‘The King’s Speech’ screenwriter David Seidler has died aged 87.

‘The King’s Speech’ screenwriter David Seidler has died aged 87

‘The King’s Speech’ screenwriter David Seidler has died aged 87

Oscar-winning David was said on Sunday (17.03.24) to have passed away in New Zealand doing what he most loved – fly-fishing – but no more details of his death were given.

His long-time manager Jeff Aghassi told Deadline: “David was in the place he loved most in the world – New Zealand – doing what gave him the greatest peace which was fly-fishing.

“If given the chance, it is exactly as he would have scripted it.”

David rose to fame after writing the theatre and screen versions of the ‘The King’s Speech’, which won best picture, best director, best actor and best writing at the 2011 Academy Awards.

It followed the story of King George VI – played by 63-year-old Colin Firth – as the monarch as he struggled with a stutter.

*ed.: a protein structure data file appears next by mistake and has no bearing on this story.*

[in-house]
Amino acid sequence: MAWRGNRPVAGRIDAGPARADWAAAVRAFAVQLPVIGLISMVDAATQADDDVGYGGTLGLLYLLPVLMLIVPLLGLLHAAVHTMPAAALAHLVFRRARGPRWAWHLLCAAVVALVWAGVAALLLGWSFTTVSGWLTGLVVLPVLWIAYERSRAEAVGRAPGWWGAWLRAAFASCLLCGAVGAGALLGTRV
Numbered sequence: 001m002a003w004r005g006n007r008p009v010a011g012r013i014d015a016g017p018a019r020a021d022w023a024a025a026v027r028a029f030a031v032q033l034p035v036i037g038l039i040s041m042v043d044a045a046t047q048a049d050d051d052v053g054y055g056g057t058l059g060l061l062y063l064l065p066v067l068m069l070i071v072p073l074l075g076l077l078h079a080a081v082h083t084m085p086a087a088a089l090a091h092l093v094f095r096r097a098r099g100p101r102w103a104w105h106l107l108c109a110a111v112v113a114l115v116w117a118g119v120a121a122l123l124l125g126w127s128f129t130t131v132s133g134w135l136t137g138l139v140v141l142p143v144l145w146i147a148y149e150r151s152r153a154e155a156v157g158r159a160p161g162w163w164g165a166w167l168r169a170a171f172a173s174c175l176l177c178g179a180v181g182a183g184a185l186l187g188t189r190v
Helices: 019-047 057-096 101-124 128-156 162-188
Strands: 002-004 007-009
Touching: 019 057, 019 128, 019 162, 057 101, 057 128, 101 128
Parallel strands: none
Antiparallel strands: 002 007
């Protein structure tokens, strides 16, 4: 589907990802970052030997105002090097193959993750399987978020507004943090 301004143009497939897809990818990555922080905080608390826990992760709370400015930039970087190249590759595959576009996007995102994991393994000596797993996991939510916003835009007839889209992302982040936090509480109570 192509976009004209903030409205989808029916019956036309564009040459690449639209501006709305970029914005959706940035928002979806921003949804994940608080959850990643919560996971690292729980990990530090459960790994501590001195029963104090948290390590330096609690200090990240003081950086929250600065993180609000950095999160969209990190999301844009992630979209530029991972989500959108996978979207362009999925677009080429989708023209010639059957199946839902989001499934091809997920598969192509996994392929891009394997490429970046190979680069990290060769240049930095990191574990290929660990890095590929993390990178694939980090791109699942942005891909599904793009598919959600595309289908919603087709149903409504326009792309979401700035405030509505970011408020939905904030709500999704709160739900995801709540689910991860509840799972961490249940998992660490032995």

David drew on his experience growing up with a stammer from the age of three.

Along with his Oscar, David was honoured with two BAFTAs and the Humanitas Prize for his ‘King’s Speech’ screenplay.

He dedicated his Oscar to “all the stutterers around the world” – and thanked the Queen for “not putting me in the Tower for using the F– word”.

David started research on ‘The King’s Speech’ in 1981 when he discovered the Queen Mother hired Logue, an Australian speech and language therapist, to help her son – played by Geffrey Rush, 72, in the film version.

David told the Daily Mail about asking the Queen Mother for her permission to go ahead with the story: “I wrote and asked her permission to tell the story in a film. But it was still so raw for her – the whole business of having to relive what her husband and her family went through, with the Abdication and him becoming King.

“It was too much and still painful, so she wrote and asked that the film not be made until after her death.”

The Queen Mother died in 2002, but David did not start work on the project until three years later.

Born in London in 1937, David’s family’s apartment in the city was bombed during World War Two, and they were forced to relocate to the countryside before moving to the US.

It was while on board the ship they sailed to America on – which had a sister vessel sank by German submarines during their voyage across the Atlantic Ocean – that David developed his stammer.